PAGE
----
U.S. Transportation Command (USTRANSCOM) is re-examining tanker requirements and collaborating with the combatant commands to alleviate risk associated with the retirements of Boeing [BA] KC-135 and KC-10 tankers and the delayed fielding of fully operational Boeing KIC-46A Pegasus tankers, Air Force Gen. Jacqueline Van Ovost, the head of USTRANSCOM, told House Armed Services Committee legislators on March 31.

During a joint hearing of the HASC seapower/projection forces and readiness panels, Rep. Trent Kelly (R-Miss.), a major general in the National Guard, asked Van Ovost whether the U.S. has sufficient aerial refueling capacity to retire aging tankers this year and in fiscal 2023, given that the U.S. Air Force is not to be ready to field the fix for the Boeing KC-46A tanker’s Remote Vision System (RVS) until fiscal 2024.

“We have just completed a Mobility Capability Requirements Study, and as I look at the total capacity of air refueling now that the KC-46 is a bit delayed coming online, we are at elevated risk, should we have multiple wartime demands, so-called ‘stack demands,’ on this aircraft,” Van Ovost replied. “However, there are mitigation opportunities that I’m working with the combatant commanders on. Indeed, now that the new National Defense Strategy has come out, we are taking a relook at the requirements for air refueling, especially when we think about refueling in a contested environment and in the Pacific. Today, I can meet our wartime demands.”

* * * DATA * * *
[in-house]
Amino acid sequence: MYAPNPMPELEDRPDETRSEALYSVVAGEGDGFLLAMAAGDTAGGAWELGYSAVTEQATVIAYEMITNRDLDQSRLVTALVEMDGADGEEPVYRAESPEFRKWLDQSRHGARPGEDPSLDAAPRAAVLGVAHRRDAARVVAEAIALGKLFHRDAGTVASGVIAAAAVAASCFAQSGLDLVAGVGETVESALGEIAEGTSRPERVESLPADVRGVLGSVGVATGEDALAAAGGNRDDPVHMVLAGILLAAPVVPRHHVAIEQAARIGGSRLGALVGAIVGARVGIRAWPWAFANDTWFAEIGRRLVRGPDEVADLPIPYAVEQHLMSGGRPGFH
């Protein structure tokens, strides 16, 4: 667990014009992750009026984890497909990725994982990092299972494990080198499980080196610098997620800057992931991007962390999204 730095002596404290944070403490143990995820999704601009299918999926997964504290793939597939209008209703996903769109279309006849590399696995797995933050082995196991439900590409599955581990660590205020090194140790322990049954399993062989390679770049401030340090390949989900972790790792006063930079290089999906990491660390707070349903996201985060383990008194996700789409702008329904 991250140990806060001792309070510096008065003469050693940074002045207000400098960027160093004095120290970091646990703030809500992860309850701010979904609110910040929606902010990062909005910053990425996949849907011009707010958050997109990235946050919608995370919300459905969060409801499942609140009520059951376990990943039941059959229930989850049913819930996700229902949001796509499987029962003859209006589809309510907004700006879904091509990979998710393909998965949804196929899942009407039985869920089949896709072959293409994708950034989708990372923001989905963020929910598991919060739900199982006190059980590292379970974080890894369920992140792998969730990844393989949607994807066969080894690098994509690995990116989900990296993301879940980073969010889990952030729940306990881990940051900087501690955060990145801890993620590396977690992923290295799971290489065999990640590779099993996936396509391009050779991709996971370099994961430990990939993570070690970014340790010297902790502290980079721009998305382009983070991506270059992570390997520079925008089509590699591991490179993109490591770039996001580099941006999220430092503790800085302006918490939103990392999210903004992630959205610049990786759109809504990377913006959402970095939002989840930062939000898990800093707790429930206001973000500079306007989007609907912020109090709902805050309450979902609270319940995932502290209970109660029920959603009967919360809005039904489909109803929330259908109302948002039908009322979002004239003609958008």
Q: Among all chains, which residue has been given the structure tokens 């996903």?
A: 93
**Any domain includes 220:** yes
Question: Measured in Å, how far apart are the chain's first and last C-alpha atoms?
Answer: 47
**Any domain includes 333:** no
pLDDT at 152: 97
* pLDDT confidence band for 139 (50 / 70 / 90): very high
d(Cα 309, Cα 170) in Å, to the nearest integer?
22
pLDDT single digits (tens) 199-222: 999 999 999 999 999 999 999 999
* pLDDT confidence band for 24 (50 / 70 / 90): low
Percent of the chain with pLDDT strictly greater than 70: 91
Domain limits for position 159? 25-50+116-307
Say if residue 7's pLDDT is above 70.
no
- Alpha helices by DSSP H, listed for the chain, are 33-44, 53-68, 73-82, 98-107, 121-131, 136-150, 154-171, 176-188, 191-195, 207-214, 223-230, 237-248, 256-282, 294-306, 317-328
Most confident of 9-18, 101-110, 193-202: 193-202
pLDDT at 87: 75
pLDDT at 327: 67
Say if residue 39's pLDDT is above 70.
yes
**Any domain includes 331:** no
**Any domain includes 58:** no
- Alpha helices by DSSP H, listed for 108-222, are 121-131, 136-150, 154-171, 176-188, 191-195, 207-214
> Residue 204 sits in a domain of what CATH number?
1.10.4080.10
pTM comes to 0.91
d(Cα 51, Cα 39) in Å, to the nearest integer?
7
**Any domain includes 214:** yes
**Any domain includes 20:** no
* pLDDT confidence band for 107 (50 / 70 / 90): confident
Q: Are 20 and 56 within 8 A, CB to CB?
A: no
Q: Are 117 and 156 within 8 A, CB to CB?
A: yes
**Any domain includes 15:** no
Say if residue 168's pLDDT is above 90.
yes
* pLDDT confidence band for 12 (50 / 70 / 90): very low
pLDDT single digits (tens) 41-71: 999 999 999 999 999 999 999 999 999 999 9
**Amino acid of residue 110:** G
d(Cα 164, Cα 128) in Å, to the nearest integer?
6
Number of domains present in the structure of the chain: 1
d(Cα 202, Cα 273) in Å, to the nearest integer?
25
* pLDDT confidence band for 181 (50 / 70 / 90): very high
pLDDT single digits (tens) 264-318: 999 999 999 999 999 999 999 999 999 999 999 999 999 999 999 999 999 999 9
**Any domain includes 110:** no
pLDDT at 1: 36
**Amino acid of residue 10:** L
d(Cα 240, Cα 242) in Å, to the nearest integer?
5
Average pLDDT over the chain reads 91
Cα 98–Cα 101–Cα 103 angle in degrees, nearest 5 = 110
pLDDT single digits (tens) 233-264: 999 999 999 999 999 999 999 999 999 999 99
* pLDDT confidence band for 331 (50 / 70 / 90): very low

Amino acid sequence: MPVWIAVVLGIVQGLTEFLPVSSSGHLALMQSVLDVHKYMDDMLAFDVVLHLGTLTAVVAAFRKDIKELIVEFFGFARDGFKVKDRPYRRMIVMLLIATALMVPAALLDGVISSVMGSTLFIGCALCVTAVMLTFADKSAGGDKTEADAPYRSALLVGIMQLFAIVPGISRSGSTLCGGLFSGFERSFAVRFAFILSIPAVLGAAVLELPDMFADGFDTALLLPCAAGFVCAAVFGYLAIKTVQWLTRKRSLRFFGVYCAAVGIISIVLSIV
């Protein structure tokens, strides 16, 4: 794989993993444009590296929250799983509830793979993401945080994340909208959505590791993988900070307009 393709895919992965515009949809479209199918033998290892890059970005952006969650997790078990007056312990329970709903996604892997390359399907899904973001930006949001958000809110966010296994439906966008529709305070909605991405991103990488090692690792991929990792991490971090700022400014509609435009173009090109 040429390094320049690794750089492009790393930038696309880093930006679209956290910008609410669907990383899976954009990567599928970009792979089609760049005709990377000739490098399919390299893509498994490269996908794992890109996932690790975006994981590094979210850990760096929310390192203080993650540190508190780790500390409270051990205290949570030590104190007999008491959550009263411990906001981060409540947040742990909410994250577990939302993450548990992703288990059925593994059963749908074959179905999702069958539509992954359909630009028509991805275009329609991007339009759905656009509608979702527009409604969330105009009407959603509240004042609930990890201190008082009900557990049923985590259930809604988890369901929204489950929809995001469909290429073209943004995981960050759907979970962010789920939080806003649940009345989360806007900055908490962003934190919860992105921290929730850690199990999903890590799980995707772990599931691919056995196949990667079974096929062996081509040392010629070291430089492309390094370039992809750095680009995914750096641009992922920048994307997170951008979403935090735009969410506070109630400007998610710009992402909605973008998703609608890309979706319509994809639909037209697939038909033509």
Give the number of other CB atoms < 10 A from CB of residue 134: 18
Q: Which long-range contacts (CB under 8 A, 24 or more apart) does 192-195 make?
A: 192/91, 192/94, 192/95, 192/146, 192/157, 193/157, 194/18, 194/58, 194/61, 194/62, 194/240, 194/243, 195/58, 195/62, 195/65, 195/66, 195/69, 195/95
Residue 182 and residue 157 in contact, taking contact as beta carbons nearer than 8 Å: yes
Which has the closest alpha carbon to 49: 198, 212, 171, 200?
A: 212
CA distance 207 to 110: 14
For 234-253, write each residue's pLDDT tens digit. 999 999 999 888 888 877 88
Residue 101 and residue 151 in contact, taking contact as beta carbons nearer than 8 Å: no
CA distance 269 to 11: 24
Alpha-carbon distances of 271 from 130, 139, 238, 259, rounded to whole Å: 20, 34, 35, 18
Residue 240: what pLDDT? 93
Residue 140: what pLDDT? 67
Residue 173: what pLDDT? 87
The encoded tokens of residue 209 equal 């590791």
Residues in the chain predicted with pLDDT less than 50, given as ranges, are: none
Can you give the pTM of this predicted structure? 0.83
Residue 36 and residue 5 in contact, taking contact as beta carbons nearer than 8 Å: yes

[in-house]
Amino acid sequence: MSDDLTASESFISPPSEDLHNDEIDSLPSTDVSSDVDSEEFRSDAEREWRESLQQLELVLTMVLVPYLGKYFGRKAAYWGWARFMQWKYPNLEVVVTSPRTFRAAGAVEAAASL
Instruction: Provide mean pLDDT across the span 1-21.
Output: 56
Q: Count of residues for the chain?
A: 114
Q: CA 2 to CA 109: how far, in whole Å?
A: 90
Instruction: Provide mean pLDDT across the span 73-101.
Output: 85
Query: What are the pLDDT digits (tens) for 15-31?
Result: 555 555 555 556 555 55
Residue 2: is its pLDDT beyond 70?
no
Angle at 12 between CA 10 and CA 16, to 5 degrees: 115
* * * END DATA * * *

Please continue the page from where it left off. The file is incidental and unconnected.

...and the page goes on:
Kelly then suggested that such a re-examination of tanker requirements is advisable, given that “the world environment…has changed…with the Russian invasion of Ukraine” last month.

The Air Force is to field 179 KC-46As by 2029 to replace the KC-135s and KC-10s. At that time, the Air Force tanker fleet would consist of the 179 KC-46As and some 300 remaining KC-135s.

Van Ovost said that USTRANSCOM is working with the Air Force on “continuous recapitalization” of the tanker fleet after Boeing delivers the 179th KC-46A in 2029. Any future tankers would likely have some KC-46A features, such as multimodal refueling and advanced data links.

The KC-46A program has been working to resolve a number of issues beyond RVS.

The Controlled Unclassified Information (CUI) version of the Pentagon Director of Operational Test and Evaluation’s (DOT&E) fiscal 2021 report said that the KC-46A Pegasus “is vulnerable in a cyber-contested environment” and that specific vulnerabilities and their effect on the KC-46A mission will be available in the classified initial operational test and evaluation (IOT&E) report annex. IOT&E for the KC-46A began in May 2019.

The end of IOT&E and a full-rate production decision for the KC-46A are not expected until fiscal 2024 because of problems with the aircraft’s RVS, the refueling boom, the modified ALR-69A radar warning receiver (RWR) by Raytheon Technologies [RTX] and the Tactical Situational Awareness System (TSAS) by Raytheon’s Collins Aerospace.

In addition, the KC-46A’s susceptibility reduction equipment “is immature and does not currently support KC-46A survivability due to significant system problems,” per the CUI version of DOT&E’s fiscal 2021 report. “The Air Force recently accomplished sprint software development to solve aircrew interface problems with the TSAS and RWR, but the updated systems are currently undergoing troubleshooting tests to resolve further anomalies.”